Court blocks request from Quebec father to quarantine his children after visiting girlfriend in Europe
MONTREAL – A Quebec father who left to visit his new girlfriend abroad in the midst of a pandemic will not be able to spend his quarantine with his children on his return and disrupt their schedule, a judge has just ruled.
The man has joint custody of his two children every two weeks.
He met a woman, who lives in Europe, after their separation and visited her several times since the start of the COVID-19 health crisis, for periods ranging from eight days to three weeks.
Initially, Superior Court judge Bernard Synnott stressed that these were not “essential trips” and that the father had chosen to take these trips even though the Canadian government had advised against them.
The father asked the court, on his return to the country, to spend the rest of his quarantine with his two children in compliance with health instructions. He will have already spent three days in isolation in a hotel and will have been tested, he assured the court.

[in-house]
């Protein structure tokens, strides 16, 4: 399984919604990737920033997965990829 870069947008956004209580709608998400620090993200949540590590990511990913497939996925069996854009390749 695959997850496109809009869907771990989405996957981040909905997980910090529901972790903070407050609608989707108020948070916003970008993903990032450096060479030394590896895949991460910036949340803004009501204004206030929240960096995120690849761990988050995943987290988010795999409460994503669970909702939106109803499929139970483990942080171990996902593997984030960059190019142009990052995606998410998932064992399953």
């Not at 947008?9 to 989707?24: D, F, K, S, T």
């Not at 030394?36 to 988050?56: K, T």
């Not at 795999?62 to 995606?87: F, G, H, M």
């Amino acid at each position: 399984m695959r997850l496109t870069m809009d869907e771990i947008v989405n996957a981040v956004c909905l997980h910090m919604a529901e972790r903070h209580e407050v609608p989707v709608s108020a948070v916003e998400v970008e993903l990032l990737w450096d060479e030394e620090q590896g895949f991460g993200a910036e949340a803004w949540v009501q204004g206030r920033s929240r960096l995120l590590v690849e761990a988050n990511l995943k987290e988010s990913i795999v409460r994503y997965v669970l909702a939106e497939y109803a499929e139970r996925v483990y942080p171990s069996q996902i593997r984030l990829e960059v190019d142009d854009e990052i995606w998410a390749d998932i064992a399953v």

For him, the situation is no worse than that of a health worker who returns to his family every day, Judge Synnott reported in his ruling at the end of April, a statement that raised eyebrows.
“Such a comparison with essential workers is confusing and wordless,” wrote Justice Synnott. “He is deliberately choosing to contravene the Government of Canada’s clear recommendations. Healthcare workers have no choice.”
The father complains that their mother refuses to take back the time he lost without his children, “because he chose to go visit his friend” in Europe, the judge said.
In other words, he would like the mother to adapt to accommodate the father without consulting her. He would therefore dictate the on-call schedule according to his travels.
For the judge, the answer was simple “no”.
Although the court is generally open to accommodation, it is of the opinion that the limits have been reached here.
In Justice Synnott’s opinion, it would be against the best interests of the children for their schedules to be disrupted by a parent voluntarily quarantining themselves after returning from a non-essential trip and contrary to the instructions of the Canadian government.
It’s up to the parent to make choices, but those choices won’t be dictated to all other family members, the judge ruled. He or she will miss out on great opportunities to see their children, and that is on his or her own decision.
– This report by The Canadian Press was first published on May 5, 2021.